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Summary: Jesus teaches His disciples how to overcome the boundary of "impossible".

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Making the Impossible Possible

John 6:1-13

Our lives are filled and often controlled by boundaries. A property owner can point out his property line and call those who cross it “trespassers.” The highway patrolman cruises the public roads and looks for those who exceed the speed limit and writes a ticket charging “speeding.” We each have boundaries for our physical abilities and social interaction. Our families are in the practice of labeling some things “possible” and other things “impossible.” Those are mental file labels for us, choosing those things that are realistically, rationally and achievably “possible.” We mentally file many things that don’t fit that criteria “impossible.”

This event of feeding 5,000 was more for the benefit of the disciples than the hungry crowd. The disciples had returned from their first mission trip without Jesus and described the events by saying, “I saw Satan fall.” They had watched Jesus do many mighty things, healing and changing minds. Now they must settle down into a very hard period of their lives. Jesus was beginning to face boldly the reality of a criminal death, while his disciples knew of his ideas and said “impossible.” So much was not only possible but it was also very close to happening.

Both the disciples and Jesus needed a few hours or days for a “rest retreat.” Jesus loaded them into a boat and left for a quiet place across the lake on a secluded hillside. Just as they settled in at a place to talk, a huge crowd estimated to be 8,000-10,000 people appeared. They had walked around the lake, seeking to hear Jesus and see people healed.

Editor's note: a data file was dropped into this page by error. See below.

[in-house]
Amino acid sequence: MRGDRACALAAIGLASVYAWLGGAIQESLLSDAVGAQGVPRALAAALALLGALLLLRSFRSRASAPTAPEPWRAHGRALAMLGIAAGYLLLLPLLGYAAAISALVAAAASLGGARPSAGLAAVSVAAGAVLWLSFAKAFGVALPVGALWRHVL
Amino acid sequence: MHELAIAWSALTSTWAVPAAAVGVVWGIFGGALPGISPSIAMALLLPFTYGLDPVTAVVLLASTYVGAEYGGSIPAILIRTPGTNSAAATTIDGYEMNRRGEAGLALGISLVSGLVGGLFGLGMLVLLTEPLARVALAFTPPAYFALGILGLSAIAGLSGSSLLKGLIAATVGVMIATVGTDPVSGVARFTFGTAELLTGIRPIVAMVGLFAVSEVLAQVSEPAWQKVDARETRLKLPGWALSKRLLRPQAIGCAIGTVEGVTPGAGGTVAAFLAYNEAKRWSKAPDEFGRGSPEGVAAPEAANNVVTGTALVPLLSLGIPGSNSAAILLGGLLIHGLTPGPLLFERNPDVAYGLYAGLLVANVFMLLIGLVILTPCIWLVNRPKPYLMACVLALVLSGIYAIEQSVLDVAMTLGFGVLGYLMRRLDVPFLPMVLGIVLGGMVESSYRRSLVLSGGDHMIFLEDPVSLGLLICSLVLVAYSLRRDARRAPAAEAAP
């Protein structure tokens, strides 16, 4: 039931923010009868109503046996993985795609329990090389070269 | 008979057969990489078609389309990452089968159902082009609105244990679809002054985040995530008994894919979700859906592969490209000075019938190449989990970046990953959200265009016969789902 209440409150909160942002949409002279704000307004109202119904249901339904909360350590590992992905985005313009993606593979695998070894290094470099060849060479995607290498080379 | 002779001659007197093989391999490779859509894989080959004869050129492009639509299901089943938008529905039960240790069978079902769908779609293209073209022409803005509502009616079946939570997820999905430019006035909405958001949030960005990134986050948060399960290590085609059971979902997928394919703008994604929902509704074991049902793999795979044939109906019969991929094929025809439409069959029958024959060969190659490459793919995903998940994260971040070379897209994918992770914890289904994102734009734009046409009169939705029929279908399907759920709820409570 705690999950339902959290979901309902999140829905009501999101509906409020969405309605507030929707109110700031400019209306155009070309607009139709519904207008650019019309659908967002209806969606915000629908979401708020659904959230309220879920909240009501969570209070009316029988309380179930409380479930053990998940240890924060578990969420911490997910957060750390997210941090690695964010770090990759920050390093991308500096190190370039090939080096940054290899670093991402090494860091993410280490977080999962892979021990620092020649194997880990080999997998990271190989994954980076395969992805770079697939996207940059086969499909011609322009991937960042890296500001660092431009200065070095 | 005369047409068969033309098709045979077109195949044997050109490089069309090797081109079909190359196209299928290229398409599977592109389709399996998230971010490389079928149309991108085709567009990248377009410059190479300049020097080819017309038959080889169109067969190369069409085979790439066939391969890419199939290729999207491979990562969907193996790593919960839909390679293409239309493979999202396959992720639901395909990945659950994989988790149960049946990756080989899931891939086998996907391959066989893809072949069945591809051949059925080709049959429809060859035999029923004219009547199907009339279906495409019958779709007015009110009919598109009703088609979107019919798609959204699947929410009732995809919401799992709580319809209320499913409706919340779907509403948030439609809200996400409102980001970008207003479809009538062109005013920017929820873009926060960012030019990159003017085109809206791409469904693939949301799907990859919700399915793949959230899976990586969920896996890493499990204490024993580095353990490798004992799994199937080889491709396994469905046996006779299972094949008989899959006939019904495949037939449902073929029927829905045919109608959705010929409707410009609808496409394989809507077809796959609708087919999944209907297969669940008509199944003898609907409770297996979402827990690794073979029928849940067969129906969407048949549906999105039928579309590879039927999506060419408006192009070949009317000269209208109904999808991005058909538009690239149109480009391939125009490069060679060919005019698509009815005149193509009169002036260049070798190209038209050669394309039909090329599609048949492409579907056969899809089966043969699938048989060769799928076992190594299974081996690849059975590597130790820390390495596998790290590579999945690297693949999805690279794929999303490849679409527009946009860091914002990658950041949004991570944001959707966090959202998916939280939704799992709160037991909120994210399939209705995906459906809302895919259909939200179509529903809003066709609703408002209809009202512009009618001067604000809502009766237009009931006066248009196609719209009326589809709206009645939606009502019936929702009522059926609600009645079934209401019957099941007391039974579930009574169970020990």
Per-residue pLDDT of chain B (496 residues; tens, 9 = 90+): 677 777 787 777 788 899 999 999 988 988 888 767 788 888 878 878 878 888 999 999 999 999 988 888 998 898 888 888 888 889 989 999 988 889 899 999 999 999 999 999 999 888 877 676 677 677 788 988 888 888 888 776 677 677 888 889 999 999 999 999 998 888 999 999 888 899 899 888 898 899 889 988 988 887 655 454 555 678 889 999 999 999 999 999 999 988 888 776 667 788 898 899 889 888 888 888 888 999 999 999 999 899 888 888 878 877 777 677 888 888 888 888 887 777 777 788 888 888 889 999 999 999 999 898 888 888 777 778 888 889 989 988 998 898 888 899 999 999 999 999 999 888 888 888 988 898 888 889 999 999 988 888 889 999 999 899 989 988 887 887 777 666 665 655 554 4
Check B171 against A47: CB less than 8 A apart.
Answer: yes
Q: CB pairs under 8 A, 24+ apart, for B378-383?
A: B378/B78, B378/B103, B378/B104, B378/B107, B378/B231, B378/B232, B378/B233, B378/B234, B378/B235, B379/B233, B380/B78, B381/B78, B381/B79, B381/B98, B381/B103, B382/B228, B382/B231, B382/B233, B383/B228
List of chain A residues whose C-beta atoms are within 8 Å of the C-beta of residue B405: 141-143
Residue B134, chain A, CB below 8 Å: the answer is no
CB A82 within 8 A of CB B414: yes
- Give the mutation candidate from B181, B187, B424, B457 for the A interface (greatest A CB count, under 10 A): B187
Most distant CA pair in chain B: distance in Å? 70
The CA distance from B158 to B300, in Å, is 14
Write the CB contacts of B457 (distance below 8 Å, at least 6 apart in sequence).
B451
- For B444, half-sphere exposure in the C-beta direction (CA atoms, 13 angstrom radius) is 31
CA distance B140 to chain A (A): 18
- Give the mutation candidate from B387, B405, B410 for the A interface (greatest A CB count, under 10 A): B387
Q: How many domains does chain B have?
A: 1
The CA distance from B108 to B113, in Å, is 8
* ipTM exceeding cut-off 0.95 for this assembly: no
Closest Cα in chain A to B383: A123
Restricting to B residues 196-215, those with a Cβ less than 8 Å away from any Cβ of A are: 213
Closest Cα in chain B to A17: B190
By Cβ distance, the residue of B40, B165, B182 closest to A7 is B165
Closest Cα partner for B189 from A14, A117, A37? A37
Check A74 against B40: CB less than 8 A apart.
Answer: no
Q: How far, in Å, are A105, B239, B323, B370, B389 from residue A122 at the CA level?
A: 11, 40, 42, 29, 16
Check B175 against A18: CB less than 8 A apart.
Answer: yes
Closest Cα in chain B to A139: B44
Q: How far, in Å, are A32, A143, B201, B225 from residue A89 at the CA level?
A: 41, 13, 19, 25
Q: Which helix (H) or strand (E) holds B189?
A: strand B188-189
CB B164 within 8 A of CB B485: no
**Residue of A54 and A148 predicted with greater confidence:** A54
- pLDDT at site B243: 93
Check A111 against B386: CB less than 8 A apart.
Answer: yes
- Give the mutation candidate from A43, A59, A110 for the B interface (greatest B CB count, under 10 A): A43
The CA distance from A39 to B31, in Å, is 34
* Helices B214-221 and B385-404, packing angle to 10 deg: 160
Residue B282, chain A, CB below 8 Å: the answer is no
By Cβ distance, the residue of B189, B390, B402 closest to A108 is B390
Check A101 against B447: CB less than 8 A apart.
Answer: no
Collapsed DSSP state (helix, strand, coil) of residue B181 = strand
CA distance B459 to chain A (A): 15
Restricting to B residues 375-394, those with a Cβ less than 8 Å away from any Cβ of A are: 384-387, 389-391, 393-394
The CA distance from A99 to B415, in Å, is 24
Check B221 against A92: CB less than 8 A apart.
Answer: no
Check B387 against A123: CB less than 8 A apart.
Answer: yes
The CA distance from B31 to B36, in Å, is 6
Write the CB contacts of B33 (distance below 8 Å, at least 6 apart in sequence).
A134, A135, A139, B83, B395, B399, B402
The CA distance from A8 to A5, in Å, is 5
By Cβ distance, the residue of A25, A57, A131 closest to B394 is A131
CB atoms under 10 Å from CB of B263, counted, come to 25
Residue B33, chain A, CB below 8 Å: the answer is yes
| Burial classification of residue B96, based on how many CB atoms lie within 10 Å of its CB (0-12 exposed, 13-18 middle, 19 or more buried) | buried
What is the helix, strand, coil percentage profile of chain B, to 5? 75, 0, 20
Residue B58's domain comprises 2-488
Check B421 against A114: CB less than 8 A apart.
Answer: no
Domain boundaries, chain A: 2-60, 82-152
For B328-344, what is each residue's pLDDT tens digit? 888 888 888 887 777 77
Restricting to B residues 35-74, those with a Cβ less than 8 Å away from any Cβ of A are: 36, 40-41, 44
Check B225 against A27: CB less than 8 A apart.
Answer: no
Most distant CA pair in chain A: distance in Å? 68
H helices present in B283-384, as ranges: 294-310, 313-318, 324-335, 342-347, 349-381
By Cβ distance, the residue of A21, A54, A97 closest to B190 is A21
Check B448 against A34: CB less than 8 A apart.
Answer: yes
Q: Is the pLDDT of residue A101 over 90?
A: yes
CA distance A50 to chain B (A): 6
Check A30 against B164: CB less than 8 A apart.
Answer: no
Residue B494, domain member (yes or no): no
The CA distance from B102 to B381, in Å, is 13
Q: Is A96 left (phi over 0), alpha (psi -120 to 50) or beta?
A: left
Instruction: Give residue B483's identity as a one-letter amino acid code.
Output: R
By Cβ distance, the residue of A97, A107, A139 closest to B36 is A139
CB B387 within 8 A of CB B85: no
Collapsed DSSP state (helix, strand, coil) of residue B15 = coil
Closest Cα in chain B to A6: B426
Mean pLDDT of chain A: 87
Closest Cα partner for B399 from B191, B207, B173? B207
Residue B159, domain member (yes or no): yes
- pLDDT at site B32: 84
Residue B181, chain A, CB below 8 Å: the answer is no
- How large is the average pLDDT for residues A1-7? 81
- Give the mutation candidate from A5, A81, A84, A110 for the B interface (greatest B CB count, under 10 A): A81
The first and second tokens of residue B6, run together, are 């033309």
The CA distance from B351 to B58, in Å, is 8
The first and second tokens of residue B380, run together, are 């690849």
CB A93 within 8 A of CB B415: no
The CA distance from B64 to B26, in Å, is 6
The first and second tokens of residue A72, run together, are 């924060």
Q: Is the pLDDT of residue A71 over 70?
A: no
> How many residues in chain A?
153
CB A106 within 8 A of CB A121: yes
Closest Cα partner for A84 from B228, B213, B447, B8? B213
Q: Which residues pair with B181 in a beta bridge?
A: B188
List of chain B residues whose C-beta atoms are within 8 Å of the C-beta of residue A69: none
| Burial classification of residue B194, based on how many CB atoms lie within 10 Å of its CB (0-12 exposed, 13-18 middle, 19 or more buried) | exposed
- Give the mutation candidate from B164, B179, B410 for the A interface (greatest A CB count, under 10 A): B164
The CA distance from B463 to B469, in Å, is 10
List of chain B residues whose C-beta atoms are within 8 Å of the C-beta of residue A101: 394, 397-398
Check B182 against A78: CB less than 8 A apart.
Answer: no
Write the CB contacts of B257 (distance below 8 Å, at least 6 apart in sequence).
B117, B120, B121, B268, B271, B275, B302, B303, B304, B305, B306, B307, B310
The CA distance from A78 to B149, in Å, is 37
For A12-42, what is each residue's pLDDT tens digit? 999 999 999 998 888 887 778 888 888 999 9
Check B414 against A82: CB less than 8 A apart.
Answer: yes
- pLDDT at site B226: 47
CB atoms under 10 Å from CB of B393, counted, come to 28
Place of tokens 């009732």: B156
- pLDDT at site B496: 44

After a brief time of teaching, Jesus involved his disciples in making a big decision. Should they dismiss the crowd to go home or make plans to feed them? Phillip, the realist, reported that it would take the equivalent of six months salary for a labor, or $20,000, to feed them. Andrew, the optimist, suggested the only food he had discovered among the crowd was a small peasant boy’s lunch bag, five small barley loaves or biscuits and two small fish. His evaluating comment about the lunch was, “But what are they among so many?”

This is one of seven miracles, or signs that John chose to build his descriptions of the ministry of Jesus. Different from the other three gospels, John wrote his more than forty years after the death and resurrection of Jesus. While the others wrote a chronological account of Jesus’ life, John wrote about the essence of the life of Jesus. He stated his purpose was to lead people “to believe that Jesus was the Christ and that believing they might have life in His name.” (John 20:2). To do this he chose seven unique miracles that he called “signs.” Like a road sign, they said something, gave a message and declared the truth about Jesus. Although there are several themes that are common to all the miracles, a very dominate one was the way Jesus turned the impossible into a possible reality. This is the only miracle that is included in all four gospels, but John lifts it from being a feeding of the five thousand to the necessary training of the twelve disciples. Let’s look at the process Jesus used to both feed the multitude and train the disciples.


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